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    #21

    Re: Best way to teach expressions?

    In post #6 you wrote, “Regardless, there are only a couple ways to take my comment. You either omit "have" or "got" and the results are obvious”. (My underlining.)
    In post #8 you wrote, “It's like saying, "There's a couple people I want you to meet." If teachers want to teach that as acceptable, I'm just glad I'm out of school”.

    That’s fine by me, though it strikes me as a little strange that you should feel uncomfortable about a usage that appears in your own writing.
    It is the difference between "There is" and "There are." I'm not really being inconsistent.

    In some contexts the present perfect of GET has come to have the same meaning as the present simple of HAVE.
    I think this is contradictory to your comment:
    'Got', on its own, means nothing in 'have got'. 'Have got' has the same meaning as 'have'.
    Am I wrong?


    1. To have current possession of. Used in the present perfect form with the meaning of the present: We've got plenty of cash.


    The American Heritage® Dictionary of the English Language, Fourth Edition Copyright © 2000 by Houghton Mifflin Company. Published by Houghton Mifflin Company. All rights reserved.

    I feel if the present perfect form is used with the meaning of the present, the wrong tense was used. I mean, if the tense were used properly, you wouldn't have to explain it in the context of another tense--you would simply explain the tense and how that tense is used.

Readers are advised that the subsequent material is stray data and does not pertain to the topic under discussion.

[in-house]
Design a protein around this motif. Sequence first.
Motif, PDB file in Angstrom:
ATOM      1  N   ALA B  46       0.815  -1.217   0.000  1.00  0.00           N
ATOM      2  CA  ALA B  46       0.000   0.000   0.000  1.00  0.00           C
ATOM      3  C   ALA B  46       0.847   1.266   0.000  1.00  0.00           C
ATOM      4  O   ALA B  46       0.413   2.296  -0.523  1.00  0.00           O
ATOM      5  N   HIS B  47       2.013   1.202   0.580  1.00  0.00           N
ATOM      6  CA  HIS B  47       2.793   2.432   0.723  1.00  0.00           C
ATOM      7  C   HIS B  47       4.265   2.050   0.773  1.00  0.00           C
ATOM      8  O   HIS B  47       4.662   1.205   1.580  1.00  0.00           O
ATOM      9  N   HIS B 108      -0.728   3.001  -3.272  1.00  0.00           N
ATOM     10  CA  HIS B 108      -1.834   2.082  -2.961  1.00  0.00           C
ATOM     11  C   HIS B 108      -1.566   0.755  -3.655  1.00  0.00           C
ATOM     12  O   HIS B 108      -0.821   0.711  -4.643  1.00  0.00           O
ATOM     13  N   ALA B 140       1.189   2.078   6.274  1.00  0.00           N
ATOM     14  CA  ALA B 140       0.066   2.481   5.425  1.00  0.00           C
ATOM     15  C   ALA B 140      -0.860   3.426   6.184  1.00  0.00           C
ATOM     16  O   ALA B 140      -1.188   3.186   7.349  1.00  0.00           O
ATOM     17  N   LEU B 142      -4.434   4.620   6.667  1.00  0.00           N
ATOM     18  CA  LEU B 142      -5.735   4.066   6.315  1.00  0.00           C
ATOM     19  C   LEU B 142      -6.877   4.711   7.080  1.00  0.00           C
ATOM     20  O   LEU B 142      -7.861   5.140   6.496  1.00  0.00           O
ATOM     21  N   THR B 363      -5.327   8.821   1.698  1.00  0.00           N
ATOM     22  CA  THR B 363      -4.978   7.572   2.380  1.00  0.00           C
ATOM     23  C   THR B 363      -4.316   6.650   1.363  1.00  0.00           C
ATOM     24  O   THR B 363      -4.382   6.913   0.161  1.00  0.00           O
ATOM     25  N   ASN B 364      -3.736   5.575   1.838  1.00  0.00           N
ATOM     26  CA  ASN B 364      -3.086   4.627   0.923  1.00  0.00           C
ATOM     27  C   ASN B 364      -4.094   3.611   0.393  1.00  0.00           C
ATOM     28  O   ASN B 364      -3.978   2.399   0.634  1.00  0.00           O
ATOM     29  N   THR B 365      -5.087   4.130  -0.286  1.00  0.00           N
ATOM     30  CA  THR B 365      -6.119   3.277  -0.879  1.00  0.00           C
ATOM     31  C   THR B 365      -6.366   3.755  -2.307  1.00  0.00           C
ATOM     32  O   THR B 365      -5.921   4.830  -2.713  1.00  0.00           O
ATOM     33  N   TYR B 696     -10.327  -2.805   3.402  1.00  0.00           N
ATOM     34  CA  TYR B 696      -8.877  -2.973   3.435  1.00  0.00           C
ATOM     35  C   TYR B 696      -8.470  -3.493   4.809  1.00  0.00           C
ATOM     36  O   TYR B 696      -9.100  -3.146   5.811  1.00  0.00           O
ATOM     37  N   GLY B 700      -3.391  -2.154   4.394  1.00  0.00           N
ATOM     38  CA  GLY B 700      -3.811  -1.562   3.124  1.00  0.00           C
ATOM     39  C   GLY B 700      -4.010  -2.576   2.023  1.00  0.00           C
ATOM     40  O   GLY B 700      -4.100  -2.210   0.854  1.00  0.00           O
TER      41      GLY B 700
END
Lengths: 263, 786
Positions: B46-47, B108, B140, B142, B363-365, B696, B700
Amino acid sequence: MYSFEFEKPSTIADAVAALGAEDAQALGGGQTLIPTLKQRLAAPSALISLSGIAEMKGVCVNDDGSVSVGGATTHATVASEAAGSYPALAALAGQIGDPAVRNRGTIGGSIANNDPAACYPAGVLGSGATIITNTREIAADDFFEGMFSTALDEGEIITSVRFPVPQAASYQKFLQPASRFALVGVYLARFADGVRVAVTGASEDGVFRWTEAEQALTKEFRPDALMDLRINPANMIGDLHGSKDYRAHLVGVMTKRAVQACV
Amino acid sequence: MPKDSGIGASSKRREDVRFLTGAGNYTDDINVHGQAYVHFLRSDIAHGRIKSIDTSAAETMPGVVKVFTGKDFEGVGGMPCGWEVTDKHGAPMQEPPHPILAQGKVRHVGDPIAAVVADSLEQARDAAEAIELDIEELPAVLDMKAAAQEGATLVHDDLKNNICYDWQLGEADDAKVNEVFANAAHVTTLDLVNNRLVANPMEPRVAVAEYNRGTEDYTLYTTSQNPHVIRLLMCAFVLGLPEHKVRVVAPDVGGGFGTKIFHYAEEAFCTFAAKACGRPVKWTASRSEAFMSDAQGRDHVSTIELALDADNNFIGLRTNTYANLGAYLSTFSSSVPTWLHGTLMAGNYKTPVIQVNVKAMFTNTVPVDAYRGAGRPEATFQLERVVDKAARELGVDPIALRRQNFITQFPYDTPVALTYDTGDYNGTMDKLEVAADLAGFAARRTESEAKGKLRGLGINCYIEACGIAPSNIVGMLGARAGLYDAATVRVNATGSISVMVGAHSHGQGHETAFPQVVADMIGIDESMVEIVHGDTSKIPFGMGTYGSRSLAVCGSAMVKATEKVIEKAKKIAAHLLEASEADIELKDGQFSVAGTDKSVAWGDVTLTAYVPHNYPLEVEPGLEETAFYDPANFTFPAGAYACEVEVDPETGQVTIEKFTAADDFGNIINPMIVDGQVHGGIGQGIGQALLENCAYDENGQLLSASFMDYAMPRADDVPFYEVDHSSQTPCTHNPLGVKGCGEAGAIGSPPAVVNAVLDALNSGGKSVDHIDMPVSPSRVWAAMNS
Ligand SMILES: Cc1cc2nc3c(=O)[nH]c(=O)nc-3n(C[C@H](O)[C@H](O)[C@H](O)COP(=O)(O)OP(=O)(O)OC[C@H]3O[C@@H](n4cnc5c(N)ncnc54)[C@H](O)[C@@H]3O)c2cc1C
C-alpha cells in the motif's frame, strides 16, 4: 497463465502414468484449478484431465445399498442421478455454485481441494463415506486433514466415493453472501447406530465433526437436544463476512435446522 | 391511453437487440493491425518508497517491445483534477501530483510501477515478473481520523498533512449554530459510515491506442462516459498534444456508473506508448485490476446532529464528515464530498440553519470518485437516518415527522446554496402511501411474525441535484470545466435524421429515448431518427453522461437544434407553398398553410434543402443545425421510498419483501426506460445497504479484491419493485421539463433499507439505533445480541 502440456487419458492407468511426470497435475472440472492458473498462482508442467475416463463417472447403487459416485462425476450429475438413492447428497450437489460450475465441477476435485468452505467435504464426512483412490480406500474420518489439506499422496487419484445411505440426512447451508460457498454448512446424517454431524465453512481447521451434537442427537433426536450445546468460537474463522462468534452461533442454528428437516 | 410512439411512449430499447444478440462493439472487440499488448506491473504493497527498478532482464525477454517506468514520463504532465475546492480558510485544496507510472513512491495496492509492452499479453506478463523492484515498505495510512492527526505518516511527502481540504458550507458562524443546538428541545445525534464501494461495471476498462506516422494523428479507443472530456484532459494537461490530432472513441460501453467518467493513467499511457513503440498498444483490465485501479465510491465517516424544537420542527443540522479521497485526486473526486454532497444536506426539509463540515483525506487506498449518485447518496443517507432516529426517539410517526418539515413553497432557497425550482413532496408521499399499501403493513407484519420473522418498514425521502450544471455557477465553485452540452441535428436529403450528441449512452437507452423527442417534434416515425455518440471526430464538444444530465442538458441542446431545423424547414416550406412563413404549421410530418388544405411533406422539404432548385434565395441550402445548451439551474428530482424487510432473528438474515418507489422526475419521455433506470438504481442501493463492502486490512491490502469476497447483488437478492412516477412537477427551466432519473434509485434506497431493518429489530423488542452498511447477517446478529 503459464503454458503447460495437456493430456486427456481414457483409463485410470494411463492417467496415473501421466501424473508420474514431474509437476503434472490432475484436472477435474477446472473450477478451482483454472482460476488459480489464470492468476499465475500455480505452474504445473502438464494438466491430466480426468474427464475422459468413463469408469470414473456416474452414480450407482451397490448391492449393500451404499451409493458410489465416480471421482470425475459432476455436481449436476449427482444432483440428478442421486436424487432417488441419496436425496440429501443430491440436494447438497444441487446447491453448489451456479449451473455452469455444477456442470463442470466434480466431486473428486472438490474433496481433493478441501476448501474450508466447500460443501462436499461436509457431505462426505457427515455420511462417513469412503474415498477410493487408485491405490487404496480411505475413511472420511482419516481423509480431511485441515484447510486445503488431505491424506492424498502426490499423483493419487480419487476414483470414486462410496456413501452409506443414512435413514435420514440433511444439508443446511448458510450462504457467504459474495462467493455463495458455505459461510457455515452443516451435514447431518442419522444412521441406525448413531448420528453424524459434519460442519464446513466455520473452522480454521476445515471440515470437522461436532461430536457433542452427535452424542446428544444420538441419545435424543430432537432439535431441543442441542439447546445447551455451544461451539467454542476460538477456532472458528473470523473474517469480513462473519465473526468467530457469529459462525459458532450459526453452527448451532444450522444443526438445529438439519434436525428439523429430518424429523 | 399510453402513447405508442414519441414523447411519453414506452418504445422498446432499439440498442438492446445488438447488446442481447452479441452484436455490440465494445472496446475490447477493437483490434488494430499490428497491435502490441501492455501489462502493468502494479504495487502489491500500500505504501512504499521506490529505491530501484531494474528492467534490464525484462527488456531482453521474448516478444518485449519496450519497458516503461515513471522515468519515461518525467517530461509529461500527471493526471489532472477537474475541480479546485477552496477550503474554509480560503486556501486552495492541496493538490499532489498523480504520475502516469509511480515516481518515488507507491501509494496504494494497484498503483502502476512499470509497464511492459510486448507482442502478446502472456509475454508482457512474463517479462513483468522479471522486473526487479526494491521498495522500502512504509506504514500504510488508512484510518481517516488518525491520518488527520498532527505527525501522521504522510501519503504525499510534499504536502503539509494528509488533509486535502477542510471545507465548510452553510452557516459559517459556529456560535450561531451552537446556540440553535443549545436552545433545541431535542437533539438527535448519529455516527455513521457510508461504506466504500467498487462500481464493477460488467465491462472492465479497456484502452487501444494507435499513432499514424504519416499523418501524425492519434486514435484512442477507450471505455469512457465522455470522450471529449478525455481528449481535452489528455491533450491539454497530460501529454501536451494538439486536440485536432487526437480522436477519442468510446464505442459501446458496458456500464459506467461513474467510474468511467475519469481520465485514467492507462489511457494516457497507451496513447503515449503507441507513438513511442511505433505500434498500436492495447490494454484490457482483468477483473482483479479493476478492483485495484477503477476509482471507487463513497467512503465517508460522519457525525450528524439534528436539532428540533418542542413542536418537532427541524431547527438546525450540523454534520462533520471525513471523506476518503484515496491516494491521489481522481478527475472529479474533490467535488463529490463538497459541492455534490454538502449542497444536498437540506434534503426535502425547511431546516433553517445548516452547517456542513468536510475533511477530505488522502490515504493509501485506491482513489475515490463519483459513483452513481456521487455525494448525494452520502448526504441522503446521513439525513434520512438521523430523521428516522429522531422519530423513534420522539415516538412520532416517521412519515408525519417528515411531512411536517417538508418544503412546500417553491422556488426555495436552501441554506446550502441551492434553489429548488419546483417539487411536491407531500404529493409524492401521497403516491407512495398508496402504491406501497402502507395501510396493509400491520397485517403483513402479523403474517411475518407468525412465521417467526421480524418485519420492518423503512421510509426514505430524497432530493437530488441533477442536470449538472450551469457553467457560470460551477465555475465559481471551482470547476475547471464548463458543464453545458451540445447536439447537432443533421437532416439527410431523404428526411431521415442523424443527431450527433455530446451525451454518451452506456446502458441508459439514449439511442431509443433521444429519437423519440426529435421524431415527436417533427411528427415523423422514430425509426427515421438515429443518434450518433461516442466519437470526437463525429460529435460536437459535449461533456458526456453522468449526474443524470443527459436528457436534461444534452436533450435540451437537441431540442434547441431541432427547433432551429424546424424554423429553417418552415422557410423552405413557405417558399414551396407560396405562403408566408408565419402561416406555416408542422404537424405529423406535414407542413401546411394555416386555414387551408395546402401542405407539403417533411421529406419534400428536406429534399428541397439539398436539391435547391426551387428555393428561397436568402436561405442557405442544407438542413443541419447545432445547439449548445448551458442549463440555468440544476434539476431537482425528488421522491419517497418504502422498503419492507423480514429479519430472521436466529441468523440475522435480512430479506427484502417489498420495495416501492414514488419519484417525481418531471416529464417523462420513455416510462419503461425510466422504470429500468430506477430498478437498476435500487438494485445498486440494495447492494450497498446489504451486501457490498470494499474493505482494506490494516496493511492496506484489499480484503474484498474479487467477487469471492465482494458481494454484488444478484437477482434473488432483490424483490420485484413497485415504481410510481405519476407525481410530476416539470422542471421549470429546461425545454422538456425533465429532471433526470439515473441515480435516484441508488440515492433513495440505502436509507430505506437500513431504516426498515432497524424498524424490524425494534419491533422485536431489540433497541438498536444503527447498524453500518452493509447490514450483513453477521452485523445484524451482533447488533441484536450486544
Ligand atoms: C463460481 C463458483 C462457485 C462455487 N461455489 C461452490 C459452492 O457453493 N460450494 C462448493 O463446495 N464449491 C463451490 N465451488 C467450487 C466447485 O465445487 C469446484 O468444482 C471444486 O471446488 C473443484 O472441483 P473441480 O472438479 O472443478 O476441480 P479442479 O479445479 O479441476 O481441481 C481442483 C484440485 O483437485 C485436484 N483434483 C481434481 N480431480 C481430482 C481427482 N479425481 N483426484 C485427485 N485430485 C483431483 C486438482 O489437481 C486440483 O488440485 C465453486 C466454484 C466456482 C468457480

The idiom have got historically derives from a perfect construction. This is transparent in BeE, where got is the past participle of get. [...] Have gotis restricted to informal style, but is otherwise very common, especially in BrE.

    Huddleston, Rodney & Pullum, Geoffrey K (2002.112) The Cambridge Grammar of the English Language, Cambridge: CUP
    Thanks for the quote. Why do you feel Have got is restricted to informal style? If it is grammatically correct, wouldn't it be perfectly acceptable at all levels of style?

    This quote says that have got is an idiom. Isn't this an indication that it isn't grammatically correct?
    Last edited by Tuco; 29-Jul-2012 at 03:14. Reason: Added note regarding the term "idiom"

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    #22

    Re: Best way to teach expressions?

    Oh, 5jj, I don't believe you responded to post #15 either. I think I indicated you had responded to everything, so I'll take responsibility for that, but if you could give me your thoughts on that post, it would be nice.

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    #23

    Re: Best way to teach expressions?

    Quote Originally Posted by Tuco View Post
    Why do you feel Have got is restricted to informal style?
    My own reading of academic works and comments by grammarians such as those I quoted) lead me to believe this.
    If it is grammatically correct, wouldn't it be perfectly acceptable at all levels of style?
    Many grammatically correct forms are used only informally.

    It is the difference between "There is" and "There are." I'm not really being inconsistent.
    An interesting response to a question asking how you can both condemn and use a construction.